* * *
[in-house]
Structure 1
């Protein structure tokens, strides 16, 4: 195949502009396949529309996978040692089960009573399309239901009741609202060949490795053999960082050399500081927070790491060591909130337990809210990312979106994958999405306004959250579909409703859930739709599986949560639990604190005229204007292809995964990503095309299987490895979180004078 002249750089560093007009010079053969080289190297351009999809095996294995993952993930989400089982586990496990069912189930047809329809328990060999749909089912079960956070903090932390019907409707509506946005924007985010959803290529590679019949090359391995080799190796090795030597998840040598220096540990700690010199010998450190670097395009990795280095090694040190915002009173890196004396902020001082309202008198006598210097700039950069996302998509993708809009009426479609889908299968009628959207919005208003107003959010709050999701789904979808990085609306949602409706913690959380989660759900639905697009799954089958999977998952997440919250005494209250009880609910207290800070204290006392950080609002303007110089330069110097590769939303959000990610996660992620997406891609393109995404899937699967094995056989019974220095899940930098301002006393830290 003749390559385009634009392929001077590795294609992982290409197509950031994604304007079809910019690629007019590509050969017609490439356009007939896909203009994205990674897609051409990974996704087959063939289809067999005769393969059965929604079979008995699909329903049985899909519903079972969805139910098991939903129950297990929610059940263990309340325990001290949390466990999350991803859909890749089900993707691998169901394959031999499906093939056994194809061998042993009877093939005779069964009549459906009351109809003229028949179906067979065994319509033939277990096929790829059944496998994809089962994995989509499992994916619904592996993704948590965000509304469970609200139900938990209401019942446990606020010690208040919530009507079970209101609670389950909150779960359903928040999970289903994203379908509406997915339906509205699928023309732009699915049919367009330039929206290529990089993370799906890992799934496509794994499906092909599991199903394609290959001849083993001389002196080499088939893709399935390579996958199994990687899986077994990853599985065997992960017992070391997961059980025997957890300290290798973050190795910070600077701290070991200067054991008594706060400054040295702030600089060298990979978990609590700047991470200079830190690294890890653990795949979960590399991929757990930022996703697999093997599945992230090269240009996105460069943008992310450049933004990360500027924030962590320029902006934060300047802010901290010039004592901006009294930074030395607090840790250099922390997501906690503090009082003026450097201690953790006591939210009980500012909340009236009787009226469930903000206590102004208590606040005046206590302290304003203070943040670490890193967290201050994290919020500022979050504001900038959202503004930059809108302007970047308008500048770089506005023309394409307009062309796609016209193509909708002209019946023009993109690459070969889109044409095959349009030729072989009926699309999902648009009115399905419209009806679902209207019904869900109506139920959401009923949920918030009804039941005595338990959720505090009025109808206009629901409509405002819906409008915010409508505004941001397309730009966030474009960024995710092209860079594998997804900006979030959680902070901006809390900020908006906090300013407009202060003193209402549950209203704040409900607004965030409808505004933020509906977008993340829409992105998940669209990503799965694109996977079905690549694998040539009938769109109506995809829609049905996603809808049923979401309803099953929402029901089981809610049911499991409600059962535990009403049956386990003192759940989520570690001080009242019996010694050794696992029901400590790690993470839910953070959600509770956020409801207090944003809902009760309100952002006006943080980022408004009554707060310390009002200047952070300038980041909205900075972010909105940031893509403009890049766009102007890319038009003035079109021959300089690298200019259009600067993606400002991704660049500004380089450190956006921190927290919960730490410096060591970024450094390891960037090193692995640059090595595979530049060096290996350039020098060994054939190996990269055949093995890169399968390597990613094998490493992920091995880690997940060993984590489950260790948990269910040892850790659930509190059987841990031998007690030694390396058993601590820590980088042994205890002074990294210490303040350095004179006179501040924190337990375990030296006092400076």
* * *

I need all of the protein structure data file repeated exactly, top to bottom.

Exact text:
[in-house]
Structure 1
């Protein structure tokens, strides 16, 4: 195949502009396949529309996978040692089960009573399309239901009741609202060949490795053999960082050399500081927070790491060591909130337990809210990312979106994958999405306004959250579909409703859930739709599986949560639990604190005229204007292809995964990503095309299987490895979180004078 002249750089560093007009010079053969080289190297351009999809095996294995993952993930989400089982586990496990069912189930047809329809328990060999749909089912079960956070903090932390019907409707509506946005924007985010959803290529590679019949090359391995080799190796090795030597998840040598220096540990700690010199010998450190670097395009990795280095090694040190915002009173890196004396902020001082309202008198006598210097700039950069996302998509993708809009009426479609889908299968009628959207919005208003107003959010709050999701789904979808990085609306949602409706913690959380989660759900639905697009799954089958999977998952997440919250005494209250009880609910207290800070204290006392950080609002303007110089330069110097590769939303959000990610996660992620997406891609393109995404899937699967094995056989019974220095899940930098301002006393830290 003749390559385009634009392929001077590795294609992982290409197509950031994604304007079809910019690629007019590509050969017609490439356009007939896909203009994205990674897609051409990974996704087959063939289809067999005769393969059965929604079979008995699909329903049985899909519903079972969805139910098991939903129950297990929610059940263990309340325990001290949390466990999350991803859909890749089900993707691998169901394959031999499906093939056994194809061998042993009877093939005779069964009549459906009351109809003229028949179906067979065994319509033939277990096929790829059944496998994809089962994995989509499992994916619904592996993704948590965000509304469970609200139900938990209401019942446990606020010690208040919530009507079970209101609670389950909150779960359903928040999970289903994203379908509406997915339906509205699928023309732009699915049919367009330039929206290529990089993370799906890992799934496509794994499906092909599991199903394609290959001849083993001389002196080499088939893709399935390579996958199994990687899986077994990853599985065997992960017992070391997961059980025997957890300290290798973050190795910070600077701290070991200067054991008594706060400054040295702030600089060298990979978990609590700047991470200079830190690294890890653990795949979960590399991929757990930022996703697999093997599945992230090269240009996105460069943008992310450049933004990360500027924030962590320029902006934060300047802010901290010039004592901006009294930074030395607090840790250099922390997501906690503090009082003026450097201690953790006591939210009980500012909340009236009787009226469930903000206590102004208590606040005046206590302290304003203070943040670490890193967290201050994290919020500022979050504001900038959202503004930059809108302007970047308008500048770089506005023309394409307009062309796609016209193509909708002209019946023009993109690459070969889109044409095959349009030729072989009926699309999902648009009115399905419209009806679902209207019904869900109506139920959401009923949920918030009804039941005595338990959720505090009025109808206009629901409509405002819906409008915010409508505004941001397309730009966030474009960024995710092209860079594998997804900006979030959680902070901006809390900020908006906090300013407009202060003193209402549950209203704040409900607004965030409808505004933020509906977008993340829409992105998940669209990503799965694109996977079905690549694998040539009938769109109506995809829609049905996603809808049923979401309803099953929402029901089981809610049911499991409600059962535990009403049956386990003192759940989520570690001080009242019996010694050794696992029901400590790690993470839910953070959600509770956020409801207090944003809902009760309100952002006006943080980022408004009554707060310390009002200047952070300038980041909205900075972010909105940031893509403009890049766009102007890319038009003035079109021959300089690298200019259009600067993606400002991704660049500004380089450190956006921190927290919960730490410096060591970024450094390891960037090193692995640059090595595979530049060096290996350039020098060994054939190996990269055949093995890169399968390597990613094998490493992920091995880690997940060993984590489950260790948990269910040892850790659930509190059987841990031998007690030694390396058993601590820590980088042994205890002074990294210490303040350095004179006179501040924190337990375990030296006092400076």